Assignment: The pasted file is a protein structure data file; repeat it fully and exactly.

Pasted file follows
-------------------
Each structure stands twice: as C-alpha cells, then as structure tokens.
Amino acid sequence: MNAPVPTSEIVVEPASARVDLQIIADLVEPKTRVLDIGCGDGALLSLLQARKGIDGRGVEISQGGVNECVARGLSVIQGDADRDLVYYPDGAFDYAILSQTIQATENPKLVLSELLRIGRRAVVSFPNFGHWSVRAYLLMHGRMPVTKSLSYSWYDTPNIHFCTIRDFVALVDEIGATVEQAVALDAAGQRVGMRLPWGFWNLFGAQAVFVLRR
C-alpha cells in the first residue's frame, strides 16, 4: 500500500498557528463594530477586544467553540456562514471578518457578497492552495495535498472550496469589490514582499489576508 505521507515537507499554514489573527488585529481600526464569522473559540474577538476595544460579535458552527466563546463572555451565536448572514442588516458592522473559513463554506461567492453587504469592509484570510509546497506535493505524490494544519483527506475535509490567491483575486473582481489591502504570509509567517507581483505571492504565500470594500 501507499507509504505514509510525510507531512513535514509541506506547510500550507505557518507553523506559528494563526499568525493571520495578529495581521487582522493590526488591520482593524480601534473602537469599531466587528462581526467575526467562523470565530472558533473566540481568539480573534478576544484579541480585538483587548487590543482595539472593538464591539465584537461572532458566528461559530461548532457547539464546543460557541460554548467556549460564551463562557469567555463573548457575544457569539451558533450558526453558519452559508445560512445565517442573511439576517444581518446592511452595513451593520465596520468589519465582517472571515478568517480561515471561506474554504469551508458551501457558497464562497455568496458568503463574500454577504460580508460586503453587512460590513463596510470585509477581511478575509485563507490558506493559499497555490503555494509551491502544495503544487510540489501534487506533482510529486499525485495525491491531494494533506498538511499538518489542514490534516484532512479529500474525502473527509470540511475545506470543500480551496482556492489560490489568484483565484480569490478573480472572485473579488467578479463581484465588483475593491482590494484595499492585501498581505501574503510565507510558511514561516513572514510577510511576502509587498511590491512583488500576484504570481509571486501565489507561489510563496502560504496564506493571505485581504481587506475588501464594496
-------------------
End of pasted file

Each structure stands twice: as C-alpha cells, then as structure tokens.
Amino acid sequence: MNAPVPTSEIVVEPASARVDLQIIADLVEPKTRVLDIGCGDGALLSLLQARKGIDGRGVEISQGGVNECVARGLSVIQGDADRDLVYYPDGAFDYAILSQTIQATENPKLVLSELLRIGRRAVVSFPNFGHWSVRAYLLMHGRMPVTKSLSYSWYDTPNIHFCTIRDFVALVDEIGATVEQAVALDAAGQRVGMRLPWGFWNLFGAQAVFVLRR
C-alpha cells in the first residue's frame, strides 16, 4: 500500500498557528463594530477586544467553540456562514471578518457578497492552495495535498472550496469589490514582499489576508 505521507515537507499554514489573527488585529481600526464569522473559540474577538476595544460579535458552527466563546463572555451565536448572514442588516458592522473559513463554506461567492453587504469592509484570510509546497506535493505524490494544519483527506475535509490567491483575486473582481489591502504570509509567517507581483505571492504565500470594500 501507499507509504505514509510525510507531512513535514509541506506547510500550507505557518507553523506559528494563526499568525493571520495578529495581521487582522493590526488591520482593524480601534473602537469599531466587528462581526467575526467562523470565530472558533473566540481568539480573534478576544484579541480585538483587548487590543482595539472593538464591539465584537461572532458566528461559530461548532457547539464546543460557541460554548467556549460564551463562557469567555463573548457575544457569539451558533450558526453558519452559508445560512445565517442573511439576517444581518446592511452595513451593520465596520468589519465582517472571515478568517480561515471561506474554504469551508458551501457558497464562497455568496458568503463574500454577504460580508460586503453587512460590513463596510470585509477581511478575509485563507490558506493559499497555490503555494509551491502544495503544487510540489501534487506533482510529486499525485495525491491531494494533506498538511499538518489542514490534516484532512479529500474525502473527509470540511475545506470543500480551496482556492489560490489568484483565484480569490478573480472572485473579488467578479463581484465588483475593491482590494484595499492585501498581505501574503510565507510558511514561516513572514510577510511576502509587498511590491512583488500576484504570481509571486501565489507561489510563496502560504496564506493571505485581504481587506475588501464594496